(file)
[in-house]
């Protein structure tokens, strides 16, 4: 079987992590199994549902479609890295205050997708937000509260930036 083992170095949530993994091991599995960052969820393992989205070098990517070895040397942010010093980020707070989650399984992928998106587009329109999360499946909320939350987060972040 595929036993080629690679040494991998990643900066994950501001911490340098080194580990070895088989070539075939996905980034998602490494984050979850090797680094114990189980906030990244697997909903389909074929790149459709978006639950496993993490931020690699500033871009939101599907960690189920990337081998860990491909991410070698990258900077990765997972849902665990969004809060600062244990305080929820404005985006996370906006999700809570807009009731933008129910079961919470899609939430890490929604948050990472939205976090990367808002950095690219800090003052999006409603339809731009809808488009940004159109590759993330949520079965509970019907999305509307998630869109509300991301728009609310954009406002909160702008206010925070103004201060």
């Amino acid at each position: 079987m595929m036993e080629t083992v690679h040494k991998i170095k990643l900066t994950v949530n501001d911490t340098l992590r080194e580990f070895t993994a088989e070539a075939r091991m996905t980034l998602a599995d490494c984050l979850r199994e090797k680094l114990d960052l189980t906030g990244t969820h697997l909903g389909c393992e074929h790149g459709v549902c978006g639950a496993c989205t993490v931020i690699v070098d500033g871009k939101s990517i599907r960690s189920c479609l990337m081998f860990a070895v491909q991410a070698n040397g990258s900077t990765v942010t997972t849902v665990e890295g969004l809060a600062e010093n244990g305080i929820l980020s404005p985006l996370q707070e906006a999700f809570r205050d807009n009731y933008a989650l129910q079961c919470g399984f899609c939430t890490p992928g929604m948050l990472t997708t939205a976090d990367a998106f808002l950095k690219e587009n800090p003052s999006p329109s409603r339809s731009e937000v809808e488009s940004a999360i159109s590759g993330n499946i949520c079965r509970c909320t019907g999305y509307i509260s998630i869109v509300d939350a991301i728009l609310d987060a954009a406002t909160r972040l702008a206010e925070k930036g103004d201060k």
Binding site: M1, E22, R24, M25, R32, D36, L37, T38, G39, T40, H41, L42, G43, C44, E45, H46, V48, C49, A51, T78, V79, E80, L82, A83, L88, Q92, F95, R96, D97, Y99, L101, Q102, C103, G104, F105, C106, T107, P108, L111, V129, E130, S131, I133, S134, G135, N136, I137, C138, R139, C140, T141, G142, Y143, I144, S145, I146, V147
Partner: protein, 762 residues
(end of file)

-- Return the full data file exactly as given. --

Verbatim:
[in-house]
């Protein structure tokens, strides 16, 4: 079987992590199994549902479609890295205050997708937000509260930036 083992170095949530993994091991599995960052969820393992989205070098990517070895040397942010010093980020707070989650399984992928998106587009329109999360499946909320939350987060972040 595929036993080629690679040494991998990643900066994950501001911490340098080194580990070895088989070539075939996905980034998602490494984050979850090797680094114990189980906030990244697997909903389909074929790149459709978006639950496993993490931020690699500033871009939101599907960690189920990337081998860990491909991410070698990258900077990765997972849902665990969004809060600062244990305080929820404005985006996370906006999700809570807009009731933008129910079961919470899609939430890490929604948050990472939205976090990367808002950095690219800090003052999006409603339809731009809808488009940004159109590759993330949520079965509970019907999305509307998630869109509300991301728009609310954009406002909160702008206010925070103004201060």
């Amino acid at each position: 079987m595929m036993e080629t083992v690679h040494k991998i170095k990643l900066t994950v949530n501001d911490t340098l992590r080194e580990f070895t993994a088989e070539a075939r091991m996905t980034l998602a599995d490494c984050l979850r199994e090797k680094l114990d960052l189980t906030g990244t969820h697997l909903g389909c393992e074929h790149g459709v549902c978006g639950a496993c989205t993490v931020i690699v070098d500033g871009k939101s990517i599907r960690s189920c479609l990337m081998f860990a070895v491909q991410a070698n040397g990258s900077t990765v942010t997972t849902v665990e890295g969004l809060a600062e010093n244990g305080i929820l980020s404005p985006l996370q707070e906006a999700f809570r205050d807009n009731y933008a989650l129910q079961c919470g399984f899609c939430t890490p992928g929604m948050l990472t997708t939205a976090d990367a998106f808002l950095k690219e587009n800090p003052s999006p329109s409603r339809s731009e937000v809808e488009s940004a999360i159109s590759g993330n499946i949520c079965r509970c909320t019907g999305y509307i509260s998630i869109v509300d939350a991301i728009l609310d987060a954009a406002t909160r972040l702008a206010e925070k930036g103004d201060k």
Binding site: M1, E22, R24, M25, R32, D36, L37, T38, G39, T40, H41, L42, G43, C44, E45, H46, V48, C49, A51, T78, V79, E80, L82, A83, L88, Q92, F95, R96, D97, Y99, L101, Q102, C103, G104, F105, C106, T107, P108, L111, V129, E130, S131, I133, S134, G135, N136, I137, C138, R139, C140, T141, G142, Y143, I144, S145, I146, V147
Partner: protein, 762 residues